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What's up?

Polyend Records: 6 Questions with Pete Cannon

Artists | What's up Jun 27, 2023

Pete Cannon is known for his use of classic hardware to create legendary Jungle productions. Created on the Polyend Tracker, Pete's EP Crinkled Poetry was released in conjunction with his custom Artist Edition Tracker.  With the launch of Polyend Records, Crinkled Poetry is available for purchase for the first time if you didn't snag Pete's limited edition Tracker.  Here are 6 questions for Pete! 

Hi Pete!  Can you share some of the music, live shows, or raves that deeply inspired you while growing up?

Hiya, right, let’s get straight into it then. I remember the first ever rave tape I got at the age of 11 was an Easygroove Obsession tape from Westpoint at the end of 92. A lot of tapes were getting traded round secondary school. It started as soon as I got there because I had been waiting to get my hands on more underground electronic music since hearing compilations like Rave 92 and loving bands like The Shaman.
I’m from Blackpool, a small town in the North of England where there was only one real independent dance/record shop back in the day. Melody House changed my life just like that Easygroove tape. At first, I thought Easygroove was playing all this music live, kind of like The Shaman, but he was actually doing something called DJing. Sounds silly now but with no internet and DJing being fairly new, especially in a place like Blackpool and to an 11-year-old, I just wasn’t aware. Once I figured out he was playing records, that was it, I needed a set of decks. I got some cheap, all-in-one Citronics and I was off. I was collecting records before that too but mostly pop and the odd bit of Dance i could pick up from a car boot sale, but from the age of 11 with that tape, a life of digging began: be that tapes, radio shows, or records.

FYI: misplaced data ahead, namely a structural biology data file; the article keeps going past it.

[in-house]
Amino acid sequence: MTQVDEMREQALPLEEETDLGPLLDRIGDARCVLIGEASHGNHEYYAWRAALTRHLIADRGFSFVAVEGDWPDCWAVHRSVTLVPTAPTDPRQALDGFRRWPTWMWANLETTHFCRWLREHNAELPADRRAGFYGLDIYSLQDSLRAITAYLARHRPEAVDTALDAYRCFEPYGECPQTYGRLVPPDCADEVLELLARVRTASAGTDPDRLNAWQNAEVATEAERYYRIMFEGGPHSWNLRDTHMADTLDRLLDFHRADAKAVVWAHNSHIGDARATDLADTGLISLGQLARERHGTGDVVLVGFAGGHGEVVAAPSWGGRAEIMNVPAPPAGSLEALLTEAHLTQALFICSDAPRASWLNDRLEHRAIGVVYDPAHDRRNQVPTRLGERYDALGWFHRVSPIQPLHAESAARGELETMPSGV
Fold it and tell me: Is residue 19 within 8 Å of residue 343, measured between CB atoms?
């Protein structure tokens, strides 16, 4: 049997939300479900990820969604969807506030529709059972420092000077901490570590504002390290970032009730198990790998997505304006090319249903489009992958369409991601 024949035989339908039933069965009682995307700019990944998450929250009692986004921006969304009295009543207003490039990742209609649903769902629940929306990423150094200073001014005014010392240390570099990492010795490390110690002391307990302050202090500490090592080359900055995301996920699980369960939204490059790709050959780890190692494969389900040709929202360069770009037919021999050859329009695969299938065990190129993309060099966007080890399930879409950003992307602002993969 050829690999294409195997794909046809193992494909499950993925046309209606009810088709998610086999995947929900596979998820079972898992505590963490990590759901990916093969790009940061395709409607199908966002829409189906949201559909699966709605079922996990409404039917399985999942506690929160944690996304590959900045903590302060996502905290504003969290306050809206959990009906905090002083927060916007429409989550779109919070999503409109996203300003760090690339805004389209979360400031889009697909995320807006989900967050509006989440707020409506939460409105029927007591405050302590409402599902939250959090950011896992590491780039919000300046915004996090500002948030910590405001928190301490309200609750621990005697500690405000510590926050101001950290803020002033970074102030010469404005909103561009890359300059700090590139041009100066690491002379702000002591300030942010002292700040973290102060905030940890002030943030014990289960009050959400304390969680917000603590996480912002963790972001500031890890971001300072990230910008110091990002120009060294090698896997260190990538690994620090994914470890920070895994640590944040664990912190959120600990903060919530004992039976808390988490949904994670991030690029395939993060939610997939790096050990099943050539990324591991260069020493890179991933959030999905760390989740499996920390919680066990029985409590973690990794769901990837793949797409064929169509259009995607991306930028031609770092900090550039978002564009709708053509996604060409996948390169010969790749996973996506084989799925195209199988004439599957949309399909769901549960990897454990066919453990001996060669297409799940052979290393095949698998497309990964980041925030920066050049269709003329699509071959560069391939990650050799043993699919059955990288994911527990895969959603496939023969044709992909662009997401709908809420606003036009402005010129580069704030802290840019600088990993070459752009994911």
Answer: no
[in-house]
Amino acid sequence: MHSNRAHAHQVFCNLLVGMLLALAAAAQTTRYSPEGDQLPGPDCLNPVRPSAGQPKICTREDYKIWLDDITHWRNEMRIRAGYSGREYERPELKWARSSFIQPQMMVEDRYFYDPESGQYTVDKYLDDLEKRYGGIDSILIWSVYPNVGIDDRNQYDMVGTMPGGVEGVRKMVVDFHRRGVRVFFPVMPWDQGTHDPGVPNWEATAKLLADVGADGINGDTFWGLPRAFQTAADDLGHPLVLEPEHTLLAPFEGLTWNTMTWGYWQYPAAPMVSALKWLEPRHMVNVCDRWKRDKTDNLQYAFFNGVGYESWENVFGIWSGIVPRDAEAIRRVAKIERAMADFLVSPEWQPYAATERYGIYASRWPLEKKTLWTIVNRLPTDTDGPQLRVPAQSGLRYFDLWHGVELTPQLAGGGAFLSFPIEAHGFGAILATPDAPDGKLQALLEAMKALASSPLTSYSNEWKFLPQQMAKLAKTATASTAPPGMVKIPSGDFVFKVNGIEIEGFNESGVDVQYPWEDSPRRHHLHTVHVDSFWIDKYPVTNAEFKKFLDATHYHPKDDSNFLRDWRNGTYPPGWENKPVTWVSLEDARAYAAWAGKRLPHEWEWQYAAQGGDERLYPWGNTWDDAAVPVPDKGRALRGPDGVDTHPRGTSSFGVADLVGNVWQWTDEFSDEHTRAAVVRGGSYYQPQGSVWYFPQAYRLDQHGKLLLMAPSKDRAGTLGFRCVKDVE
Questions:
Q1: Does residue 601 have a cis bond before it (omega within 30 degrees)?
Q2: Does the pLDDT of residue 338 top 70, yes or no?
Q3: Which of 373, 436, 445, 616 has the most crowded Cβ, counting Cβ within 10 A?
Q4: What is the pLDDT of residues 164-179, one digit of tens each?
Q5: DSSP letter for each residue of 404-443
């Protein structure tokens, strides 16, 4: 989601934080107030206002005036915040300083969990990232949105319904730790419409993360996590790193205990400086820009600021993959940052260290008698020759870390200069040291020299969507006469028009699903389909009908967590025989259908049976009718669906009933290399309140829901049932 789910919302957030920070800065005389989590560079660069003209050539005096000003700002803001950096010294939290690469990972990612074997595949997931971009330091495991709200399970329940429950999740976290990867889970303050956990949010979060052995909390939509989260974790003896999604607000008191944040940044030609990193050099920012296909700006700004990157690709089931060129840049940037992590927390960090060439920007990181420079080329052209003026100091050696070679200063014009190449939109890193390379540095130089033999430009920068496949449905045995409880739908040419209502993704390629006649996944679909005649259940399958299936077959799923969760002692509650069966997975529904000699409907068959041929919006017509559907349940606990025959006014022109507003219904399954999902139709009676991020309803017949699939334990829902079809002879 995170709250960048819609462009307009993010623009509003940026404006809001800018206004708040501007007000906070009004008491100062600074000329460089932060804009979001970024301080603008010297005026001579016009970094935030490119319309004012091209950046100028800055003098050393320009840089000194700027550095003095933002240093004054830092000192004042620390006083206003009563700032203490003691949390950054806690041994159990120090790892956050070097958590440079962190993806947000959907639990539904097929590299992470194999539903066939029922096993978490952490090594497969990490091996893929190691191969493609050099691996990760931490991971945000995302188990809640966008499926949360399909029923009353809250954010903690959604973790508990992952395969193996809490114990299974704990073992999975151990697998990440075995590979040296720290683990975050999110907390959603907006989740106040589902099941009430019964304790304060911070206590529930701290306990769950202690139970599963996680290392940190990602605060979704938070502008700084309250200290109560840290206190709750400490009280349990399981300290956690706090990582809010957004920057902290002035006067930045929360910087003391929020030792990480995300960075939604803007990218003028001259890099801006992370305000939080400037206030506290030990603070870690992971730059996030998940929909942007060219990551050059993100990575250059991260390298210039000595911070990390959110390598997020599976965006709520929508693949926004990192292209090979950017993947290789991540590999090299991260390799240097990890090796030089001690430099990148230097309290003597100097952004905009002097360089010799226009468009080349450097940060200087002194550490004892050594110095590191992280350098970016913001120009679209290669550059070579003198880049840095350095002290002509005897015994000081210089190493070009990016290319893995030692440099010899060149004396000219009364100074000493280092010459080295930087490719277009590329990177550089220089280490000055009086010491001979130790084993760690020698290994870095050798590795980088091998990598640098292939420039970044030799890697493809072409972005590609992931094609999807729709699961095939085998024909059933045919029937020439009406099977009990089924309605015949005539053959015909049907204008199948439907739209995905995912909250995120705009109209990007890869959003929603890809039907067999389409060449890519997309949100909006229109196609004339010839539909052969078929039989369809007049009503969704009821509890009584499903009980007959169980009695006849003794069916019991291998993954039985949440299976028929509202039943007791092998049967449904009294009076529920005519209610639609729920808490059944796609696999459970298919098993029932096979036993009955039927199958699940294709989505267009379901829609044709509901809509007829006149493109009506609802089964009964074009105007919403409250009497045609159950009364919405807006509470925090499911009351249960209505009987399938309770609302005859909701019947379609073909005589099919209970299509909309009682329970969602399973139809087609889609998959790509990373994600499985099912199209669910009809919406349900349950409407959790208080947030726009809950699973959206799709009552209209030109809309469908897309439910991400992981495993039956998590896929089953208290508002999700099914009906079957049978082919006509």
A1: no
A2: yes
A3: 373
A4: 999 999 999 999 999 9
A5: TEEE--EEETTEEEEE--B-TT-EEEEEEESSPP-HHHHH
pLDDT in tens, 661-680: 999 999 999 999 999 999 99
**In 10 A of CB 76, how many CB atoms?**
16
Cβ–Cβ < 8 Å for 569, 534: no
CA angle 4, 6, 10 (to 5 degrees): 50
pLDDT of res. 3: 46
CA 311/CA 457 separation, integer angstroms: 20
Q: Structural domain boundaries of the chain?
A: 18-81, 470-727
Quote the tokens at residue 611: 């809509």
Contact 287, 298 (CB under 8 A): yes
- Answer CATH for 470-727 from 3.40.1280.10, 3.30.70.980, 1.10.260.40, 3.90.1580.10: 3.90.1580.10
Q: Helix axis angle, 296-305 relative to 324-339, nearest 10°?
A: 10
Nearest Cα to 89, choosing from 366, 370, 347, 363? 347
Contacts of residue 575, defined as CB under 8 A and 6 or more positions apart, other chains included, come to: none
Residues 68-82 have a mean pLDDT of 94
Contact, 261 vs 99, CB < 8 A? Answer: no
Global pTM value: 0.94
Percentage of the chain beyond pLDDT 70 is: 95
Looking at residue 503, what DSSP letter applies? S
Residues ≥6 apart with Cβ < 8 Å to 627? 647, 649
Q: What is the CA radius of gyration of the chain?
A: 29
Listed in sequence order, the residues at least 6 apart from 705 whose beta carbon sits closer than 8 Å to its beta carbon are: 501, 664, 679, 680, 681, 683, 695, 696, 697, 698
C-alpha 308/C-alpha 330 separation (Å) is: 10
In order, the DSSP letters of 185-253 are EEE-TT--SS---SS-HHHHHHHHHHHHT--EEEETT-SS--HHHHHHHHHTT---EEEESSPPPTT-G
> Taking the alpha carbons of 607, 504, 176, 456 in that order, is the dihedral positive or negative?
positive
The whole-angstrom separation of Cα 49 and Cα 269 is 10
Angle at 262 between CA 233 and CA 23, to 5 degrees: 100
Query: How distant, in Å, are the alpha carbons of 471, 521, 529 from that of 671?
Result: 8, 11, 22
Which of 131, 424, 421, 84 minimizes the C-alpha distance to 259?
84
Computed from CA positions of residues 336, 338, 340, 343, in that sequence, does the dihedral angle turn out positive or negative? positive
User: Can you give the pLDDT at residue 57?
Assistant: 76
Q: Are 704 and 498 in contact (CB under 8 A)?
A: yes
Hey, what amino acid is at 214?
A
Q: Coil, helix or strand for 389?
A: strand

My first rave was at the age of 14 at a place called The Baby Bash in Preston (the next town down from Blackpool) where I saw DJ Sy. It smashed my head off and I loved it. Dancing with mates, seeing the DJs in action, and enjoying the bass properly for the first time. That rave cemented the idea that I was going to do music forever. I already had a studio and had produced loads of tracks. All terrible but part of the journey early on…

Was there a particular show or album that had a profound impact on your life? If so, could you tell us about that transformative experience?

I guess it wasn’t all rave and hardcore when I was young: I used to listen to a lot of Beatles with my dad. We’d sing them together. He plays guitar and had records out in the 70s so music was everywhere when I was little. He had a little recording studio and I started playing piano when I was 5. I wanted to be able to play with him. I had a cheap dx7 from the local junk shop and my dad’s studio bits including a little mixing desk with a tape recorder and a drum machine with a sequencer. Once I understood you could link the dx7 with midi to the drum machine I was off. Using the sequencer on the drum machine and having the outputs plugged into his little desk. Then, I added the amiga at the age of 12, it was game over 😉